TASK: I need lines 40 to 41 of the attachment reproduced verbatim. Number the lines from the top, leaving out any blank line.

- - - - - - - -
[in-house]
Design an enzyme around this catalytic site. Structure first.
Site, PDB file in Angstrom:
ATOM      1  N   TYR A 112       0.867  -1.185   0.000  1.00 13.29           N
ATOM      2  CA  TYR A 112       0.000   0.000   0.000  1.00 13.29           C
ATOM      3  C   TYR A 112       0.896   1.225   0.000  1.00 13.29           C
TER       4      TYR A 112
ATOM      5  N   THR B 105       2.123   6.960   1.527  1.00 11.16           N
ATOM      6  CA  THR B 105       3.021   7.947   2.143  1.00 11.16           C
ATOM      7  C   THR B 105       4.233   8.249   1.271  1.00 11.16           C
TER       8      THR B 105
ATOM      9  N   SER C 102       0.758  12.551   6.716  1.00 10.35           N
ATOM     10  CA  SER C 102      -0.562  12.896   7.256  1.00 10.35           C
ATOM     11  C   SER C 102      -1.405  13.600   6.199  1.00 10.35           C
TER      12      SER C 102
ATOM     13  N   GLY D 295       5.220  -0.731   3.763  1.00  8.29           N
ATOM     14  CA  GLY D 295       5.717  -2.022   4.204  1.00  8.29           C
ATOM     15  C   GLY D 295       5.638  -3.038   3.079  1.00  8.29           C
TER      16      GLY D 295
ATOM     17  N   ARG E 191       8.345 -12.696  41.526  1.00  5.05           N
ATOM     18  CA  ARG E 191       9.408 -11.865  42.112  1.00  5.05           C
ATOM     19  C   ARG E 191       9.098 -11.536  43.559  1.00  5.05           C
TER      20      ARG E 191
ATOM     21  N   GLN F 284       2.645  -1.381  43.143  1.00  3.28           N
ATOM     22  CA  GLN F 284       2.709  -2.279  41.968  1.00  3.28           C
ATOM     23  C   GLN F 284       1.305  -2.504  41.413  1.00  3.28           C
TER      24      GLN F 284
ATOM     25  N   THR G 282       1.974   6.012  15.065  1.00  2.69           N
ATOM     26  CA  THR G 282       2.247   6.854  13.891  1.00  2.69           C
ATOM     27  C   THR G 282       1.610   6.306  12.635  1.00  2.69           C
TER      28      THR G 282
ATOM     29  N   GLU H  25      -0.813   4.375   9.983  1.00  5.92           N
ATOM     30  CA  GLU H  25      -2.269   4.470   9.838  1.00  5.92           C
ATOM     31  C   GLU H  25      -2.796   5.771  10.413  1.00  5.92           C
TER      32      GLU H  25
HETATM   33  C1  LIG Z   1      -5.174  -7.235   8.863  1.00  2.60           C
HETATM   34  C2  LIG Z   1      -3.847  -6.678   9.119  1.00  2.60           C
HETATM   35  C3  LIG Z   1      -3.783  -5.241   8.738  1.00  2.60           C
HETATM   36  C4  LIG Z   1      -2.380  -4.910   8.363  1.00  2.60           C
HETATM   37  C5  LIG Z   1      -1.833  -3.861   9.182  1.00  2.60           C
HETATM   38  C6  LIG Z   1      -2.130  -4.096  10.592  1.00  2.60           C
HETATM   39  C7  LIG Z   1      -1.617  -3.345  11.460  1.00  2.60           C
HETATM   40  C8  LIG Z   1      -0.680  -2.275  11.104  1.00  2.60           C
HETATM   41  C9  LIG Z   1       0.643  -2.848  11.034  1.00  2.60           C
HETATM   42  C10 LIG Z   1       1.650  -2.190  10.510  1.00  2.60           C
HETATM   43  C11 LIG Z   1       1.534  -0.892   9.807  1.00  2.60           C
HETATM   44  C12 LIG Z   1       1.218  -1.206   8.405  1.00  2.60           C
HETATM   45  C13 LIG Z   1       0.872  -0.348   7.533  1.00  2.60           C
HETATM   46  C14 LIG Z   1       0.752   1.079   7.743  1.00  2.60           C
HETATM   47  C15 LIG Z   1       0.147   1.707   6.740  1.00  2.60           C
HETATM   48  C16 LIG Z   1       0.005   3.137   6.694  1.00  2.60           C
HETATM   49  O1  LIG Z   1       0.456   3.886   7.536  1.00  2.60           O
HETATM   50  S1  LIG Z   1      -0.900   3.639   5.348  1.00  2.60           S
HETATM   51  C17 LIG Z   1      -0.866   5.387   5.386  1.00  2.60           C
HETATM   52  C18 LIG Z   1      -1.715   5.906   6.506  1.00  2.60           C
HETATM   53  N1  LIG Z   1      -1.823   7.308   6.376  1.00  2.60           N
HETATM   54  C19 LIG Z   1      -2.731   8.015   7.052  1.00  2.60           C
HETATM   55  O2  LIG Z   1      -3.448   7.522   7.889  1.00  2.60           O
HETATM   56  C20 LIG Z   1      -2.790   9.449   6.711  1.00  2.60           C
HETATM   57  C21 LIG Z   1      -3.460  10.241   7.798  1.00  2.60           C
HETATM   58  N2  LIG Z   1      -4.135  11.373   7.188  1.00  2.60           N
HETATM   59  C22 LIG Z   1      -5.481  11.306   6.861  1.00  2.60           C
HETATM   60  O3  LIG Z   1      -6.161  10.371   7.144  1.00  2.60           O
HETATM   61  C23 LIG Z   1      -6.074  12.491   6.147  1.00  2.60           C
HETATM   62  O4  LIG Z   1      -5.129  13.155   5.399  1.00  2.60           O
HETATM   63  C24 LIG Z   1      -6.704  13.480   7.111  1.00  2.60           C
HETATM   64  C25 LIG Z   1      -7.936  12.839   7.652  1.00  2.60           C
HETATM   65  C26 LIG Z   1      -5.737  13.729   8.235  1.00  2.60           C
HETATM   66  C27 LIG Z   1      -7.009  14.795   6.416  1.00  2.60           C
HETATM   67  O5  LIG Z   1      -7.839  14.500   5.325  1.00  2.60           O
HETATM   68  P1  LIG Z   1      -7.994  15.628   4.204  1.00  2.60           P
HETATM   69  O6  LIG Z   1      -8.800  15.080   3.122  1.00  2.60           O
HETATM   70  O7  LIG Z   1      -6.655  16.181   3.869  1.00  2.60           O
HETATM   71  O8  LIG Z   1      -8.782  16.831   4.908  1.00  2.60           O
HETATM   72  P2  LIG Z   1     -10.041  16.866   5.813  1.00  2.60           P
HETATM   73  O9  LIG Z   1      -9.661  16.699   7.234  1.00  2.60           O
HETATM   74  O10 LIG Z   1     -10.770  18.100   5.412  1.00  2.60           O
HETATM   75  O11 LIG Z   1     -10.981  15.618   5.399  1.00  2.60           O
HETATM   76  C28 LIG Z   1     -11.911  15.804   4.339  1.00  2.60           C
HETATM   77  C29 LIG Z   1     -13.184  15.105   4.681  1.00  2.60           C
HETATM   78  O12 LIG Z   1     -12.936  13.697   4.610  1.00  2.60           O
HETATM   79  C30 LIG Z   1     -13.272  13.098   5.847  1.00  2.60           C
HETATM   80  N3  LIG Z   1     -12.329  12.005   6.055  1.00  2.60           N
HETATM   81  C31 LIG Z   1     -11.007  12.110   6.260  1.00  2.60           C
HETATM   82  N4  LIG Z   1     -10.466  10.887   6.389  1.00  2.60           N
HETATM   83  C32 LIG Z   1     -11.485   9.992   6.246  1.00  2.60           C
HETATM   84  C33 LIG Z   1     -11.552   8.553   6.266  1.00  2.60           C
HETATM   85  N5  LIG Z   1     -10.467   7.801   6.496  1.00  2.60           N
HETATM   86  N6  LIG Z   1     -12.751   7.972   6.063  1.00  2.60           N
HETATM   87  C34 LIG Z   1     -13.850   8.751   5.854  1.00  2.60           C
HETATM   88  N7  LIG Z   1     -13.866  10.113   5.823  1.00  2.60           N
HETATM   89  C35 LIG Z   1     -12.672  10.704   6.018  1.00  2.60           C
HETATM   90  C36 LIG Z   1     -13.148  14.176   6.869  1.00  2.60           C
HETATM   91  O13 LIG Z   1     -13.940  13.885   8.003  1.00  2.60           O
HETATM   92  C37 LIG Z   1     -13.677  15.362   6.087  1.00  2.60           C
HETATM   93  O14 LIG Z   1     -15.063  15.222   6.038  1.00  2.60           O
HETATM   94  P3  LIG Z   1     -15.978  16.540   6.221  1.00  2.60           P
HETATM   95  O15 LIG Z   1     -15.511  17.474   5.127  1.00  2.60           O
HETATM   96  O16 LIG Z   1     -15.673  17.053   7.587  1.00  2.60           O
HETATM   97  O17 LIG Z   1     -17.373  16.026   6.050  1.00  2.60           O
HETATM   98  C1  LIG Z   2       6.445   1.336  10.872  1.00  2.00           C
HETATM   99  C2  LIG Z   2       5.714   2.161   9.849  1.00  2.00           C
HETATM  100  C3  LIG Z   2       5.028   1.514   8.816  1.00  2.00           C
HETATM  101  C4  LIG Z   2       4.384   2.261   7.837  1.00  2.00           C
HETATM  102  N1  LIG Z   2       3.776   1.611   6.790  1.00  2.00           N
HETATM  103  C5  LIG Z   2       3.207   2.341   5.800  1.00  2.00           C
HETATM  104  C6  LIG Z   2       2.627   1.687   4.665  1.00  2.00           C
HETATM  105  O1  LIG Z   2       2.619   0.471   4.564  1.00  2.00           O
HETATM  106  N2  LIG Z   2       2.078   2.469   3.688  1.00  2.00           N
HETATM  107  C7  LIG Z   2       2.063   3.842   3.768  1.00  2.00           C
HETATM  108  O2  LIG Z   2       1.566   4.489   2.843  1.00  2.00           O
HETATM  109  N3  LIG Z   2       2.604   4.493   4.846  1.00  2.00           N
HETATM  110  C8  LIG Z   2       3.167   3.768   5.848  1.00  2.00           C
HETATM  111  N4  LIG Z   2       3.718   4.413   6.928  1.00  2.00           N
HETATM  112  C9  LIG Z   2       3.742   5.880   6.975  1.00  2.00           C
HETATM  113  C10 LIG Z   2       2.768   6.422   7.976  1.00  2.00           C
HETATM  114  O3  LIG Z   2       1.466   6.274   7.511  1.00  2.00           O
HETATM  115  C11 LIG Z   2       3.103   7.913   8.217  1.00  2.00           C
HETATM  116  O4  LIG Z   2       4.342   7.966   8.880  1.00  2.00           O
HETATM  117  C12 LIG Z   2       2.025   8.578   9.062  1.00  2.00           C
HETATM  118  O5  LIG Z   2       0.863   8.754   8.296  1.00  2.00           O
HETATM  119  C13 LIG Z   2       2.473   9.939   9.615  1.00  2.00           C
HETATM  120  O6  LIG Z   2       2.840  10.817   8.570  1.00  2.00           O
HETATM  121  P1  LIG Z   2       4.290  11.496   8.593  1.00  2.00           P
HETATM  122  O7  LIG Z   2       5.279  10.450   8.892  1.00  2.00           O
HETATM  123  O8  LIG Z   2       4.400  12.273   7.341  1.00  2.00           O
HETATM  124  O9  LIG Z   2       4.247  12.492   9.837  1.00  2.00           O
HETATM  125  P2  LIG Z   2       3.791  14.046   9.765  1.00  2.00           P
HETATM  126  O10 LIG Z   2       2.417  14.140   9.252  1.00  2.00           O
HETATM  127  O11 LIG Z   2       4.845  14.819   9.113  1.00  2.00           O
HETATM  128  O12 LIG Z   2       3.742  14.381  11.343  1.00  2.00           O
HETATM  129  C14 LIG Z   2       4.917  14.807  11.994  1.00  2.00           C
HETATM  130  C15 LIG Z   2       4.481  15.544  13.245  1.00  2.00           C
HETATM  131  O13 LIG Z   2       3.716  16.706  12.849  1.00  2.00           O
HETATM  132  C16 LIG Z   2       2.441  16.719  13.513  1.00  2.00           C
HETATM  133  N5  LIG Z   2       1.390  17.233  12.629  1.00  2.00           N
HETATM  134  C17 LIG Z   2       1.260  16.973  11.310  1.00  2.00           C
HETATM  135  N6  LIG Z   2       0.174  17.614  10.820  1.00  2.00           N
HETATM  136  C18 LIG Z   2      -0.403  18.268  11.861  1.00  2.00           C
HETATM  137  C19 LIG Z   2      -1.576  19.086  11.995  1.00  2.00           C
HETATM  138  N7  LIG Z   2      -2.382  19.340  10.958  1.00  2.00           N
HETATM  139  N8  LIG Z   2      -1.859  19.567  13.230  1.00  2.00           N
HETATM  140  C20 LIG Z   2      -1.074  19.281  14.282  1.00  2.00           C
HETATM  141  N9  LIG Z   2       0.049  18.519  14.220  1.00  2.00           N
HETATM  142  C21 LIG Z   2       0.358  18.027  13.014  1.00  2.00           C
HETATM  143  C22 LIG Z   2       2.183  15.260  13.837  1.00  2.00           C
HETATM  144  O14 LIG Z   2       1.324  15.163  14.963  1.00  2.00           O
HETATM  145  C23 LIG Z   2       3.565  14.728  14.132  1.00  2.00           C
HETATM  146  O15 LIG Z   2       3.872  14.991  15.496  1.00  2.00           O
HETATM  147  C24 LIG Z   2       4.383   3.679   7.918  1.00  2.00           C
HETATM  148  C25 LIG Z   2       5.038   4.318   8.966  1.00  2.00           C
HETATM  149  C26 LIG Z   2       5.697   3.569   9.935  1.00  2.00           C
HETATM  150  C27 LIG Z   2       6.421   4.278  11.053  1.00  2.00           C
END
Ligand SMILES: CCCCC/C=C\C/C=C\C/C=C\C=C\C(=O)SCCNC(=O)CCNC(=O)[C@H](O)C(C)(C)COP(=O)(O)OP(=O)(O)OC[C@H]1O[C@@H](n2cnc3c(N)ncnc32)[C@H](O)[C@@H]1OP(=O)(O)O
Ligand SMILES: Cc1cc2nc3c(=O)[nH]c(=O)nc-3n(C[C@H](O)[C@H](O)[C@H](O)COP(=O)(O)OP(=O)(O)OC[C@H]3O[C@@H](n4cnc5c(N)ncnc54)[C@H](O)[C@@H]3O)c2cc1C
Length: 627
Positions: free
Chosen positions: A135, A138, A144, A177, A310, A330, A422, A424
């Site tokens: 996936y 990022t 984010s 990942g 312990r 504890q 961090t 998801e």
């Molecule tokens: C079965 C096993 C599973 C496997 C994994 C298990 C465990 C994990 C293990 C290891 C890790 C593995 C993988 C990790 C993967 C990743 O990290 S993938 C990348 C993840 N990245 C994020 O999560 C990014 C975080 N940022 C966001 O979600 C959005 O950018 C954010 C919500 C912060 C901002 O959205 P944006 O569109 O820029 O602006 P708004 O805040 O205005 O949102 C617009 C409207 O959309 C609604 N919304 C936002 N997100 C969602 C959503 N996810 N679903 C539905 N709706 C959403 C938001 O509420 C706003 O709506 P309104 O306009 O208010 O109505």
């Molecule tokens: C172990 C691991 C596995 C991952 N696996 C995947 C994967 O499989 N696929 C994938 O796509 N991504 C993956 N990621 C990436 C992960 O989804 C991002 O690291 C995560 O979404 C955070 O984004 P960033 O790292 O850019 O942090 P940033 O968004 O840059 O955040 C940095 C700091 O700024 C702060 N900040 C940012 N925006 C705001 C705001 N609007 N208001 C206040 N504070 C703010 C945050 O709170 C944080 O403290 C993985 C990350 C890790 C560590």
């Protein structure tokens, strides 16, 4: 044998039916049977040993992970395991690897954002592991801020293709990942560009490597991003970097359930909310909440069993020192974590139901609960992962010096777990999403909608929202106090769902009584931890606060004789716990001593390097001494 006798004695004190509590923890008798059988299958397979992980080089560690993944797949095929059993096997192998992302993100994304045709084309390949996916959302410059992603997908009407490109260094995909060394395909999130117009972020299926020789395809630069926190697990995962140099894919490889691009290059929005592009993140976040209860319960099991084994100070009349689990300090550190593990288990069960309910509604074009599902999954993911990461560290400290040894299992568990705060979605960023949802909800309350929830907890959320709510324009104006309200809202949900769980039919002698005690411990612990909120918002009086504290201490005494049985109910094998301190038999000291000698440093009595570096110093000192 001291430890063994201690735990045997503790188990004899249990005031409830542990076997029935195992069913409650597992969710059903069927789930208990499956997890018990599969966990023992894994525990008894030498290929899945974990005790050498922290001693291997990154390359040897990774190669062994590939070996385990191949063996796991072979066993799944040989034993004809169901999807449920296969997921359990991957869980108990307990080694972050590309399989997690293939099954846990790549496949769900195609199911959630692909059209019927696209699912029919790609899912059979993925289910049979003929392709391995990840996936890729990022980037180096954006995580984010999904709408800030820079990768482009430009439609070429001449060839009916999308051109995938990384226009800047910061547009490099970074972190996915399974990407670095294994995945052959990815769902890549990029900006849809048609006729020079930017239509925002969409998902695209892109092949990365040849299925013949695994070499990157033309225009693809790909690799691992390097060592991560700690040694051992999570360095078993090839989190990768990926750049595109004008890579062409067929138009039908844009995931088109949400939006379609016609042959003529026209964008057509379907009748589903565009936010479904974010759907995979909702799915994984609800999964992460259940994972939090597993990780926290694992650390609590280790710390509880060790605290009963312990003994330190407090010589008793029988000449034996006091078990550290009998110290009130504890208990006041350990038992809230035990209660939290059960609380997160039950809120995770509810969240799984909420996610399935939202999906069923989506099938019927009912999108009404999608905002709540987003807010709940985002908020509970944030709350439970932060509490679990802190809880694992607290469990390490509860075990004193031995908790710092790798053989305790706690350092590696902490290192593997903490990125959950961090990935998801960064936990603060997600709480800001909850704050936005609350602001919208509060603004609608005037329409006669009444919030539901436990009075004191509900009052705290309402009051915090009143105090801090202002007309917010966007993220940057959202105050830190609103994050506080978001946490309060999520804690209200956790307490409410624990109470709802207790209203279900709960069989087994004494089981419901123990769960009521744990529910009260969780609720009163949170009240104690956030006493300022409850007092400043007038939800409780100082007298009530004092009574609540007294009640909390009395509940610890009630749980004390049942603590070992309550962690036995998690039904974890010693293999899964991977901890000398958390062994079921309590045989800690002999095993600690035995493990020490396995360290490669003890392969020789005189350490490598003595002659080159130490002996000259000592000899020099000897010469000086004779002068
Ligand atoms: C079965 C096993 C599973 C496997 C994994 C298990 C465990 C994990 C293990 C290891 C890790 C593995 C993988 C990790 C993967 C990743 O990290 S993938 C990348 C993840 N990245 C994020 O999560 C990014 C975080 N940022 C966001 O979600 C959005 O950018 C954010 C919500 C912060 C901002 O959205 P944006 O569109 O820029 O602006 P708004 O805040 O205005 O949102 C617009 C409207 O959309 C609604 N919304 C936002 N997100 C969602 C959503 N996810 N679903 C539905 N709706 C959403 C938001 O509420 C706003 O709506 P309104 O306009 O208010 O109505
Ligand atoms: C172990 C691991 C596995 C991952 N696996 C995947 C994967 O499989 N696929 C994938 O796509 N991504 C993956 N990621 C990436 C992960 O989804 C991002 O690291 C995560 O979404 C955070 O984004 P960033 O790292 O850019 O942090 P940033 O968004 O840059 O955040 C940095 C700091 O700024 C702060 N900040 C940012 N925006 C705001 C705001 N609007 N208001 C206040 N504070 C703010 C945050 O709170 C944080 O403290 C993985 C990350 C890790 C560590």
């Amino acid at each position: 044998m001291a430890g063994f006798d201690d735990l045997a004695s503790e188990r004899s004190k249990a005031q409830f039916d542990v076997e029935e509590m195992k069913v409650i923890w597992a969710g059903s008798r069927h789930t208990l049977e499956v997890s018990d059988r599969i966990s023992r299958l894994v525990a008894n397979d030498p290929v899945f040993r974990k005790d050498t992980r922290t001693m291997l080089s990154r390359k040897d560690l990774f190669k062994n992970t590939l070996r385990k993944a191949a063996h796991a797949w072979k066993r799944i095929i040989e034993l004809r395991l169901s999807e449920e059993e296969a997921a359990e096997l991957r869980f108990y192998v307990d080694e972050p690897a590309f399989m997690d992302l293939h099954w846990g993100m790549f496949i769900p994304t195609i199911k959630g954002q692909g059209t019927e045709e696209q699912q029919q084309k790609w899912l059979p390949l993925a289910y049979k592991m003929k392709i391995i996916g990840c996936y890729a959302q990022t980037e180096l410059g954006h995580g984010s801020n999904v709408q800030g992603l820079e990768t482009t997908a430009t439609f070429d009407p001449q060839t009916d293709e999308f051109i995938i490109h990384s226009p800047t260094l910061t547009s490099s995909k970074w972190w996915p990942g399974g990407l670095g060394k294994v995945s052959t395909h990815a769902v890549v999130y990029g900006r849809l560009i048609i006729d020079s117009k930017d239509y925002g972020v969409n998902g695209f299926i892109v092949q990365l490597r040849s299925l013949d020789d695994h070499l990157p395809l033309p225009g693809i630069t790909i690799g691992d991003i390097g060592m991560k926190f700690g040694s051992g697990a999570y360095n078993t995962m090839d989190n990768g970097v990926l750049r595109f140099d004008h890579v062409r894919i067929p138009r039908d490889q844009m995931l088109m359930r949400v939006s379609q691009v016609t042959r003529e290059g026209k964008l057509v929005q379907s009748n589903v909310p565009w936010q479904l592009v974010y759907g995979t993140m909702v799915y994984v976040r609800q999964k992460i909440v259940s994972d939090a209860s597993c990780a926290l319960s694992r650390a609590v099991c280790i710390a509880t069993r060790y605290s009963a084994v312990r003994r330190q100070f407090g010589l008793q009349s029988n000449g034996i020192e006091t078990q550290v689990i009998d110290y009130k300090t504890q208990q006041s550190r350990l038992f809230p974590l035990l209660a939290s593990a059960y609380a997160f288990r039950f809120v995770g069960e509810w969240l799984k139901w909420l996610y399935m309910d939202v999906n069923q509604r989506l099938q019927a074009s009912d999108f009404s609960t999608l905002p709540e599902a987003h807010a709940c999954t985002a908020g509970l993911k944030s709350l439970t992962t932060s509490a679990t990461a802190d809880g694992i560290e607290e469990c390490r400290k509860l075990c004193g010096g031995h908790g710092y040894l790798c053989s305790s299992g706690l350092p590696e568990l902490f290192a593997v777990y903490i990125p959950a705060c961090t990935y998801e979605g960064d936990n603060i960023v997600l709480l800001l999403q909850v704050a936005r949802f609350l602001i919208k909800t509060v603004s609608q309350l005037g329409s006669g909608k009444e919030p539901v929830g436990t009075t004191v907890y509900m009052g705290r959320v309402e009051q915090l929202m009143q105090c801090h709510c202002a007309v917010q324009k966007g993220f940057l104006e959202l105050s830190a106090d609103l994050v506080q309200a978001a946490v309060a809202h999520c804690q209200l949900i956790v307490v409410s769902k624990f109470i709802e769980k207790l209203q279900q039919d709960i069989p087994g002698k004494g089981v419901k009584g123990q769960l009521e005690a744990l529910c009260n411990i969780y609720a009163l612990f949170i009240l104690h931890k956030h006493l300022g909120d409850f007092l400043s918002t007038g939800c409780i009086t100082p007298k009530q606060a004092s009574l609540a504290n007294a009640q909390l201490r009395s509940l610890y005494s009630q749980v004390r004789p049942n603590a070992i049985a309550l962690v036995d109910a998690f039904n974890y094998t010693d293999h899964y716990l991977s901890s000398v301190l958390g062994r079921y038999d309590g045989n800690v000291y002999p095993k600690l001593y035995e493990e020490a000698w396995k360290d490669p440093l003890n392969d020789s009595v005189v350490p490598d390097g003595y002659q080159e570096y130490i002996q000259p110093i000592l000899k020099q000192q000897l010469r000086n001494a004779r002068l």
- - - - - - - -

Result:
HETATM   37  C5  LIG Z   1      -1.833  -3.861   9.182  1.00  2.60           C
HETATM   38  C6  LIG Z   1      -2.130  -4.096  10.592  1.00  2.60           C